author bio

Jean Thompson

Liberty Taximage


We were broke, Bobby and me.   Both separately and together,  as a marital unit.  It had happened without warning and without our consent.  It had all taken place at a distance, in offices and institutions far from us.  We had been notified by mail.  We still had the house and the cars.  We didn’t seriously believe we’d lose the house and the cars, but what if belief was just one more thing that would fail us?  Along with equities, interest rates, collateralized debt obligations, auction rate securities, bundled loans, and all the rest of the financial gimcrackery that had laid us, and so many others, low.
      Bobby said, “We’re upside down in the house.”
      “What?  What are you talking about?”
      Bobby took a hard swallow from his wine glass.  We were still buying wine, although not of the same quality as before.  “It means we owe more on the house than it’s worth.”
      “I don’t understand how that can be.  The house is practically brand new.”
      “Every house in the neighborhood is worth less than it used to be.  We bought at the top of the market and now the market’s in the crapper.”  Bobby got up and fetched the wine bottle from the kitchen, set it down in the middle of the dining room table.  I worried that  the bottle might mar the wood finish, but maybe the table wasn’t worth what it used to be either, and what would it matter.   I was still confused about how something as big and solid as a house, a really nice, desirable house like ours, could spring a leak and start dribbling money.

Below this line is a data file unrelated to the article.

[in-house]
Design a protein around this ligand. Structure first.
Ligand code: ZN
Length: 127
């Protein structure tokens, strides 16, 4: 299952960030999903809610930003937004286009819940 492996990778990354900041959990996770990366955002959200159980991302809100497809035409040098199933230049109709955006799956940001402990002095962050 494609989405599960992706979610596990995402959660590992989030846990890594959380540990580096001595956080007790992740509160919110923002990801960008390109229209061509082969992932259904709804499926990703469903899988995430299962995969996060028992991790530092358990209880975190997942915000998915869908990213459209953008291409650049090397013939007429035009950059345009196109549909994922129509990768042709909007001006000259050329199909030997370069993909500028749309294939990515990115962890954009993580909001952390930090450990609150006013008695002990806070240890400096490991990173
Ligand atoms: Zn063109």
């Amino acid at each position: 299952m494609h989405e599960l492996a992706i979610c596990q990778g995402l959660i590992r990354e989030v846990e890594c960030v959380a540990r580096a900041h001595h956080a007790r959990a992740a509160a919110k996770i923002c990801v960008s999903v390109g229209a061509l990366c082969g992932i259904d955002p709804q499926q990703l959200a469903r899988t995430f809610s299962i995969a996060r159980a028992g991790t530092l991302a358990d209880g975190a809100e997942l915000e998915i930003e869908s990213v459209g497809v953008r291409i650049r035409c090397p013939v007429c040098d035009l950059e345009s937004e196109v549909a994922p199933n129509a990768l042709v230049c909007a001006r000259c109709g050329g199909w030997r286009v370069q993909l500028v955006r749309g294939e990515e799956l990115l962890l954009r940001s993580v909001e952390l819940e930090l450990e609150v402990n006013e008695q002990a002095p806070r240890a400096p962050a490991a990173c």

“I love you, honey,” I said to Bobby, and he said, “I love you too,” and we kept saying it, often and at different times as we came to terms with our bewildering new condition.  For love was meant to be both our anchor and our buoy in times of trouble.
      There was still reason to be hopeful.  We had each other, for whatever economic good that would do us.  We were still young, although not quite as young as we had been.  We were both employed, although our jobs too had been nibbled down at the edges, and were not the jobs they used to be.  We had been married four years and five months, and up until now, our life together had unrolled as smoothly as a bolt of cloth.  Bobby was so handsome.  Every once in a while I’d catch women looking at him with this lost expression, just poleaxed by the sight of him.  And me, I kept myself up.  I had a nice figure, everyone said so.  I smiled a lot.  At store clerks, strangers on the street, small children of the appealing sort.  It knocked them for a loop.  We made a sharp couple, a good-looking young couple with the world at our feet, and if that sounds prideful, just stick around.  The world was setting us up for a fall.